PROFESSOR: "Son, I'm afraid what you've got in your database is an old movie - pure fiction."

STUDENT: "I doubt that, sir. Take this documentary I have up on my screen right now - 'Wild Wild West,' in which an African-American secret agent in the 1870s goes up against a giant, mechanical steam-driven spider. Surely you're not suggesting someone made this up?"

We have the Industrial Revolution to thank for giving writers like Jules Verne and H.G. Wells the impetus for imagining all kinds of advanced technology decades and centuries before reality could catch up with them.

Once our own century got under way, some of those antiquated fantasies made it to the screen in period dress. Think proper gentlemen in waistcoats traveling through space and time by means of deucedly clever contraptions, all in glorious Technicolor.

The creators of "The Wild Wild West," the TV show starring Robert Conrad, which ran from 1965 to 1970 and is now the basis for a gigantic special-effects-laden movie starring Will Smith, obviously knew a good, fun thing when they saw it. That's why they dreamed up an action-packed TV program in which post-Civil War government agents track down malefactors with the aid of flying machines, jet packs, hlgh-yield explosives, and every other sort of anachronistically high-tech device.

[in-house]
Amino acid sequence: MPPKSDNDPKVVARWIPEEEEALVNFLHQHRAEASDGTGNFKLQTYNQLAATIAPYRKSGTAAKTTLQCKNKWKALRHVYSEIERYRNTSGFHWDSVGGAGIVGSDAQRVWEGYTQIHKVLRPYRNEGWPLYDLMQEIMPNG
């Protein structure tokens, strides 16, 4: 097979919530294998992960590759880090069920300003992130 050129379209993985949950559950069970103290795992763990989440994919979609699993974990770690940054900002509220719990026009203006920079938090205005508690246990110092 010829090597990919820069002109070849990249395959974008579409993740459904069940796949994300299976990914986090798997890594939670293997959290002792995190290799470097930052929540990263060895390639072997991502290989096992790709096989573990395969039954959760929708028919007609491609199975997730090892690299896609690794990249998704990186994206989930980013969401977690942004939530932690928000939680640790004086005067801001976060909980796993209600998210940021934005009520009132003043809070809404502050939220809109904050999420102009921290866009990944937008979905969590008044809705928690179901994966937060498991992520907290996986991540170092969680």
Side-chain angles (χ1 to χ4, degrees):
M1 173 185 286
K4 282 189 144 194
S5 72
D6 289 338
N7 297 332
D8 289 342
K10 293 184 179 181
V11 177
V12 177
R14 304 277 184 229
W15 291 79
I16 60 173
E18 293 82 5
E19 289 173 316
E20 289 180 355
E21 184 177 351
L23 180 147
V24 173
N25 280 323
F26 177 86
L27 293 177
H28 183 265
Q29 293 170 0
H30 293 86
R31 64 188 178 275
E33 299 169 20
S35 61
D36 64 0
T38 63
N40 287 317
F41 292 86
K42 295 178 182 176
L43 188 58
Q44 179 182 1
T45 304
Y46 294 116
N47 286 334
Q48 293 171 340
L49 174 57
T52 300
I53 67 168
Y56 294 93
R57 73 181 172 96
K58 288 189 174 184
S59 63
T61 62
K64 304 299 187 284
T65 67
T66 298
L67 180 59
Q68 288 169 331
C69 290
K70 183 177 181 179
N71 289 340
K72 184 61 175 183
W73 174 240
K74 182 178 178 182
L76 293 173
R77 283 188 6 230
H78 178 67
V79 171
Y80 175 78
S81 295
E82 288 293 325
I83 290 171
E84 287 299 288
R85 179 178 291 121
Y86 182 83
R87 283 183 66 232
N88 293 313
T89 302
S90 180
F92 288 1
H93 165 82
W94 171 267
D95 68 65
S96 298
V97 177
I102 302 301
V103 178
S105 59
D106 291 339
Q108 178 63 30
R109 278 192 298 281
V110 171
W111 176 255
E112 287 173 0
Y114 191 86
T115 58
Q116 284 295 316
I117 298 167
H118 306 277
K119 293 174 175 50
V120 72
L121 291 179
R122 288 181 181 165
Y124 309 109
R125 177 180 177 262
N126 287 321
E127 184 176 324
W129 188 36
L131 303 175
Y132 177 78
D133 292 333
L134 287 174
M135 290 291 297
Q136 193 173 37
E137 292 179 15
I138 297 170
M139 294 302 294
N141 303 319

Verne, Wells and their Hollywood acolytes were there long before them.

Consider a Victorian sea captain who tools around in the deep in an atomic-fueled submarine called the Nautilus, which comes complete with a pipe organ. In Disney's version of "20,000 Leagues Under the Sea" (1959), based on the Verne novel, it's James Mason as the undersea commander and no less odd (and sinister) a couple than Kirk Douglas and Peter Lorre as the two hapless tars held captive by his nefarious scheme for world domination. (The 1916 silent version of the tale is touted as one of the first special-effects extravaganzas.)

Speaking of world domination, who can forget "Master of the World" (1960), with Vincent Price as a well-meaning megalomaniac bent on forcing the pre-World War I commonwealth of nations into a state of permanent detente through the agency of a massive dirigible armed with advanced weapons systems? This time Charles Bronson - in the days before he became one of the biggest box-office draws in movie history - is the Joe Blow who falls afoul of the mastermind's schemes yet manages to thwart them.